Surgery For An Ankle Fracture: What Happens During An ORIF Procedure?
Can ORIF Save An Ankle?
Ankle injuries can happen anywhere at any time. Most injuries occur with a twist or roll of the ankle and result in simple sprains. But there are hundreds of thousands of fractures that happen yearly as well. The ankle consists of the ends of the tibia, fibula, and the talus. Should one or more of these bones break, surgery may be the best course of action. At this point, the doctor performs an open reduction, internal fixation procedure known as ORIF.
Why would a patient need ORIF?
Most ankle fractures can be treated without surgery. For instance, someone can experience a minor hairline fracture or a non-displaced bone fracture. When this happens, doctors often use soft casts, encouraging rest and medication. However, there are instances where the bones break in multiple places. Some compound fractures even penetrate the skin, needing immediate treatment like an ORIF procedure.
Getting ready for surgery
ORIF procedures often happen in an emergency setting. The goal of the procedure is to safely and accurately restore the positioning of the bones. The surgery time varies and is based on the extent of the damage. The patient is often under general anesthesia during the procedure. The doctor uses x-rays and scans for guidance. With everything prepped, the surgeon begins the first step, the open reduction.
Open for serious business
Unfortunately, the severity of the injury calls for open surgery. The surgeon starts by making an incision along the side of the ankle closest to the broken bone. Two or more devices help keep the muscle and tissue apart to expose the fractured bone. The surgeon then removes any visible debris and uses a clamp to hold the broken bones in place. Support staff are usually present to monitor vitals like blood pressure and heart rate. With the bones set, the surgeon can move on to internal fixation.
Keeping it all together again
The surgeon uses internal fixation to reconnect the broken bones. Based on the injury's extent, the surgeon uses metal devices to keep the bones in place. For example, the surgeon can drill a metal screw to hold the bone in place. Then a small, slim metal plate is placed along the ankle and held in place with screws. In some cases, the surgeon uses wires, nails, or rods to keep the bones in place.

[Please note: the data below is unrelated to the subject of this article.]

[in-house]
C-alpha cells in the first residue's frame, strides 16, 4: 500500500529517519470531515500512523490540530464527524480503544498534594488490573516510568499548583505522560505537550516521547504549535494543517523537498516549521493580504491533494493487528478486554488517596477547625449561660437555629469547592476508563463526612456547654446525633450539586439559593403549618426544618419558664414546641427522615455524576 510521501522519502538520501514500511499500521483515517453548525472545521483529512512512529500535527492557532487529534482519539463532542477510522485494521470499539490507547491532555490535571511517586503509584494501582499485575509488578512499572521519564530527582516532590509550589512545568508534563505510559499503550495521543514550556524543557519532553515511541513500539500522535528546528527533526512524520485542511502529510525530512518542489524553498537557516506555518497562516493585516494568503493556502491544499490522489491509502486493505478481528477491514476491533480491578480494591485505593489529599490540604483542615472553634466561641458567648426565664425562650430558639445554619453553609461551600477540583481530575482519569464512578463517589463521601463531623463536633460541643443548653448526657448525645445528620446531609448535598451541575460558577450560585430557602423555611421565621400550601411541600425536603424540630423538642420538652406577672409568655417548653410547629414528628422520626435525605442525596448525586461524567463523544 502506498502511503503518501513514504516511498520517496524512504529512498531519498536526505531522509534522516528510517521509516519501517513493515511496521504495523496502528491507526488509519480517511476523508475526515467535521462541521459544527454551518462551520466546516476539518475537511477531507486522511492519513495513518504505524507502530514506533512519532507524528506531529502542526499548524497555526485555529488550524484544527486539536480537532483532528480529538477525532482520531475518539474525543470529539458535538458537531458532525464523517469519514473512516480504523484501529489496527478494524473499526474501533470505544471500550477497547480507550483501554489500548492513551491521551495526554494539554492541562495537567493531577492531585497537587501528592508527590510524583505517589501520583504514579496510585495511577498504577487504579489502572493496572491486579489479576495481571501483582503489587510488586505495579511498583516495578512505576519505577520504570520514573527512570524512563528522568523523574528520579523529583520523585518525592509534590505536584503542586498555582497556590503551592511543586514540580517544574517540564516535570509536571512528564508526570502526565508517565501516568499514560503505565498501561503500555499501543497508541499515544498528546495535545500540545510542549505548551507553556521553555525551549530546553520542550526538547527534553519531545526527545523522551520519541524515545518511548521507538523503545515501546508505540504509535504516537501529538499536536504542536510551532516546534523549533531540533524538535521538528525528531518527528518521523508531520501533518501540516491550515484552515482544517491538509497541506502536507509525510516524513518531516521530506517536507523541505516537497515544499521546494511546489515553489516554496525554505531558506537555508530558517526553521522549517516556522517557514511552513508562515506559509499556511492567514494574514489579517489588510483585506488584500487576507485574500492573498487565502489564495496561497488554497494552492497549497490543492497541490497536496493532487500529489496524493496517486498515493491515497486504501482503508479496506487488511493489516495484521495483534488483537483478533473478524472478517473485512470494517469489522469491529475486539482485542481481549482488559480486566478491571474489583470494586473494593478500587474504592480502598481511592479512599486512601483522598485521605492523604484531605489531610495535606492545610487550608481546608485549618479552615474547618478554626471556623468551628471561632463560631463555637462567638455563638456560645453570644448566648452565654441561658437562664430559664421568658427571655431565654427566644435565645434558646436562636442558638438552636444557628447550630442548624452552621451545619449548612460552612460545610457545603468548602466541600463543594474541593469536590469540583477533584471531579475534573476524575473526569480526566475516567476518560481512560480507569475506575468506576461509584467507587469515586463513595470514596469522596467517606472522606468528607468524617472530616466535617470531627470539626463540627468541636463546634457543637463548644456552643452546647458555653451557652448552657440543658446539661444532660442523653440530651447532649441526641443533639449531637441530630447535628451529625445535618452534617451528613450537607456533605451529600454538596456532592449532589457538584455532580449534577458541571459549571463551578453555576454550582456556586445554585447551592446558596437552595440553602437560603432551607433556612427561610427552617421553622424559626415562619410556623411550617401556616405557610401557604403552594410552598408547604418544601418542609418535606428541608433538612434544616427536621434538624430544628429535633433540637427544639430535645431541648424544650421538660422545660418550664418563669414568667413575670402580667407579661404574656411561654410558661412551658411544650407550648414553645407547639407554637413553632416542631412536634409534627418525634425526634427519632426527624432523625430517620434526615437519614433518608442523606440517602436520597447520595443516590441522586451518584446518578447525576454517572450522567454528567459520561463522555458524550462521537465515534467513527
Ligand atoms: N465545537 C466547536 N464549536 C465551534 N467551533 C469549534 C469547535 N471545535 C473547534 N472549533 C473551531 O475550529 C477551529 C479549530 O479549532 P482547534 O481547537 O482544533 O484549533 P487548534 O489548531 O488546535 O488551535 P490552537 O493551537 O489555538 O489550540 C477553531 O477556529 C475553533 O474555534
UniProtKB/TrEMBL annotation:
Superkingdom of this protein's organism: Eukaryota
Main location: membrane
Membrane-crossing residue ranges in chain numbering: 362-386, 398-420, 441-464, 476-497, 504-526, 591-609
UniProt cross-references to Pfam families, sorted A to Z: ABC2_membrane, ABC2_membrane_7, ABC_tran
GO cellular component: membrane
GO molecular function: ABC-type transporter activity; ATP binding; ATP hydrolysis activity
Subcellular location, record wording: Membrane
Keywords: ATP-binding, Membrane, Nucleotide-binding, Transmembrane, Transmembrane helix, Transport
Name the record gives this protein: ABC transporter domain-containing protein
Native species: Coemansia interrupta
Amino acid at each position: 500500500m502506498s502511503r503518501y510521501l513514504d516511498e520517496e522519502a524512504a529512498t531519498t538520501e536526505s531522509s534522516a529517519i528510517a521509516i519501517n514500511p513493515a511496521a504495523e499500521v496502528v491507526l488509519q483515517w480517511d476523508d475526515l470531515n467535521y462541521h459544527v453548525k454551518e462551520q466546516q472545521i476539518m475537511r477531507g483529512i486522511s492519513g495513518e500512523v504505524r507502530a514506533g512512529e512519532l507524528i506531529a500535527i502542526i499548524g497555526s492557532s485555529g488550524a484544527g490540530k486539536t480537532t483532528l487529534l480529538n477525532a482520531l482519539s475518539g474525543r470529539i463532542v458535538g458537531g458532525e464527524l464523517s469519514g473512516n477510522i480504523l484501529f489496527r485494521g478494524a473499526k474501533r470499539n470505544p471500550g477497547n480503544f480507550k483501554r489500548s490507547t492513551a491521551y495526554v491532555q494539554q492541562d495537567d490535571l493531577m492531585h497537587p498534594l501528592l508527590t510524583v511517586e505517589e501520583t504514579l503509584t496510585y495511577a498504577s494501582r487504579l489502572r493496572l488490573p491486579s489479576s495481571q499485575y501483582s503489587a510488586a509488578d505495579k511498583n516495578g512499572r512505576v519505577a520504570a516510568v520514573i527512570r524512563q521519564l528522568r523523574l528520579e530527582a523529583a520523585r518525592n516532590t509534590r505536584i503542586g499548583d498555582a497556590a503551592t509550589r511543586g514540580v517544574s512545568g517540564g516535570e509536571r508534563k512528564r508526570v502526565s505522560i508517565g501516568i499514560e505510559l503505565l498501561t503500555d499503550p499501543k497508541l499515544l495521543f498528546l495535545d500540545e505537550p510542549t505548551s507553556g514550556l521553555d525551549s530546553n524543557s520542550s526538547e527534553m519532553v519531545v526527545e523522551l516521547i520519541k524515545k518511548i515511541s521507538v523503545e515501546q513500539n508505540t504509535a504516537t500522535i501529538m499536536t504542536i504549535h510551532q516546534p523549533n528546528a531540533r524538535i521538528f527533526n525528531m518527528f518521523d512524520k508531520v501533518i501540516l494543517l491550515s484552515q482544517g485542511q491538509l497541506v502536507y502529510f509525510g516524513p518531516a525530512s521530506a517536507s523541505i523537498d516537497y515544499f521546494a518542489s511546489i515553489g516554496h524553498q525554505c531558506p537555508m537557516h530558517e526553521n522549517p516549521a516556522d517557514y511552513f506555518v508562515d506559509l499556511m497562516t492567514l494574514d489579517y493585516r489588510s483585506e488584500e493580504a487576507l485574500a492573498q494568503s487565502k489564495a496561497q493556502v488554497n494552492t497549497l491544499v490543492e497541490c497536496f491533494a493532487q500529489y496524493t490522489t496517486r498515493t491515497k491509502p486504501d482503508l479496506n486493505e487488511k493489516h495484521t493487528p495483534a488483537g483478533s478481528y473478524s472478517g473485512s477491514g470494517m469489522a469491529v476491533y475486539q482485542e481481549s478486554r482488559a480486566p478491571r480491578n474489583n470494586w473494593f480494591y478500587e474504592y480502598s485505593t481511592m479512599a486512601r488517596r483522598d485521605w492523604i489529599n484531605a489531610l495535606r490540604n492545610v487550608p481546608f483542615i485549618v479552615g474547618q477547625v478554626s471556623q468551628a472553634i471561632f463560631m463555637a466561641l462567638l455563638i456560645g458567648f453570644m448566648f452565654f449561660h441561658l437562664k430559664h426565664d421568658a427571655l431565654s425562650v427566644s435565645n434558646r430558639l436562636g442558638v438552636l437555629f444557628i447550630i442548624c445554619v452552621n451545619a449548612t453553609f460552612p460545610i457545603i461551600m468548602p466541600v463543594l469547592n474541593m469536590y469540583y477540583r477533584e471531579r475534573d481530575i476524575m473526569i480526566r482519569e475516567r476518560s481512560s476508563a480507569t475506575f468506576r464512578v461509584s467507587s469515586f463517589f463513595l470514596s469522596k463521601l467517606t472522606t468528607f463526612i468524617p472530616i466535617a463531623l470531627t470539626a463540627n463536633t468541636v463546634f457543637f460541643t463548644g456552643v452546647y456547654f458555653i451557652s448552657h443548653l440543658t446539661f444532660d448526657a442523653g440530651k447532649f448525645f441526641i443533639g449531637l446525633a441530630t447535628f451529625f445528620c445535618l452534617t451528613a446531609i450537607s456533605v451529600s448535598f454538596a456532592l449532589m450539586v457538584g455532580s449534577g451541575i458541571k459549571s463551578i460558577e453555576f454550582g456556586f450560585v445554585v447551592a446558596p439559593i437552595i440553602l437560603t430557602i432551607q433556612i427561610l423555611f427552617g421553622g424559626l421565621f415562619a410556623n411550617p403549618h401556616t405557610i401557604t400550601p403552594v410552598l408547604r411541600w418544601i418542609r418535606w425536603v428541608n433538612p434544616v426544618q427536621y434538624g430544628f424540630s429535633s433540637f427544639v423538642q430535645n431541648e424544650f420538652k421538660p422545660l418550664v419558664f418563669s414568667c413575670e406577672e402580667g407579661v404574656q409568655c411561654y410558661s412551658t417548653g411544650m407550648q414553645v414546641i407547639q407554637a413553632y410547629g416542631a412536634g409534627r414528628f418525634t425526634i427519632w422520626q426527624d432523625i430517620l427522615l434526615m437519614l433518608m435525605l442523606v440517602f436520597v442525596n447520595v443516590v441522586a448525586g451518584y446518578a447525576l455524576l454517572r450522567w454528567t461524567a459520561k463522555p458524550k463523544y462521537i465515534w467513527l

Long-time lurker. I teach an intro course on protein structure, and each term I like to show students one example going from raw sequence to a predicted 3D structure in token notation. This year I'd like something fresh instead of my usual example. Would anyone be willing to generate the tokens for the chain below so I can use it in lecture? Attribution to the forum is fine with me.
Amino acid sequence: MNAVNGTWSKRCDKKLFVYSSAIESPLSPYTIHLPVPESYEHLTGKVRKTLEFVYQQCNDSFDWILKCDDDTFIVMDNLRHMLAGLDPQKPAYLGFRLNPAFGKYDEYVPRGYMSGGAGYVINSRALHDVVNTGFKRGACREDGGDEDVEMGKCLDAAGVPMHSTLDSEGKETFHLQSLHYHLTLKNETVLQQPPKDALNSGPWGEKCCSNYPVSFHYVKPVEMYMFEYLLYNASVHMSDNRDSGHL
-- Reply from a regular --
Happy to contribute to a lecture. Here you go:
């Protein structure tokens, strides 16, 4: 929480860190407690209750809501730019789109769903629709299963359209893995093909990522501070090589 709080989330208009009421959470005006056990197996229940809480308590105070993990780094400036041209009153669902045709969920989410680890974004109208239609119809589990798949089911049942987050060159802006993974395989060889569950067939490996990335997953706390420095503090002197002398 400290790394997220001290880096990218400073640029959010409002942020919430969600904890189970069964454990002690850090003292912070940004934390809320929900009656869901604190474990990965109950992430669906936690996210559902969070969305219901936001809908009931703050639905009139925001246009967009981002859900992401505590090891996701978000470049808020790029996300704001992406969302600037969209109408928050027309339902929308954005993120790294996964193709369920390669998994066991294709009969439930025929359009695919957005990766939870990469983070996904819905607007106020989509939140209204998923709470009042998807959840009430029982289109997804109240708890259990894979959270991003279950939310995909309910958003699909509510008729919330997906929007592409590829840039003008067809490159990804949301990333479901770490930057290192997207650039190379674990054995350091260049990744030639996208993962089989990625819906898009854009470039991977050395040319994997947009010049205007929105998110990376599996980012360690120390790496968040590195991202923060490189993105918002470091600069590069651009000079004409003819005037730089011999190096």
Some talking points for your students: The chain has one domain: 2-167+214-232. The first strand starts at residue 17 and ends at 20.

Heading into recovery
The internal fixation helps the bones to heal in the normal position. After the metal pieces are correctly in place, the doctor removes the clamps. The doctor will then treat any surrounding muscle and tissue before finally closing up the wound. The patient then moves into the recovery stage. The metal plate and screws are usually permanent, but there are rare cases where these are removed. Once the hospital discharges the patient, further recovery begins. The ankle can take several months to heal properly. Healing involves proper rest, diet, therapy, and medication.
Get life-changing surgery today
Surgical procedures, like ORIF, are not needed for all fractures. Yet, there are severe cases where the process can restore ankle stability. With any operation, there are risks, including infection, blood clots, or nerve damage. However, ORIF has high success and 89% satisfaction rates. ORIF is just the start of a long road to recovery. But without the procedure, patients will not be able to use the ankle the same way again. For more information, speak with an orthopedic specialist.
No. Because anesthesia is required for surgeries, we cannot let anyone drive themselves home following a procedure. We ask that you arrange for a family member or close friend to drive you to and from the facility on the day of your appointment. You also need a responsible adult to stay with you for 24 hours after receiving anesthesia.
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Yes. Before surgery, you and your anesthesia provider will sit down to discuss your medical history and review the anesthesia plan; this is when you’ll be able to voice all of your questions and concerns. Feel free to call our admissions nurse if you have concerns that should be addressed prior to the day of surgery.
No. Your physician, along with the other medical service providers, including anesthesia, radiology or pathology specialists, who use this facility are independent contractors. Because these individuals are not employed by our facility, we are not responsible or liable for their acts or omissions.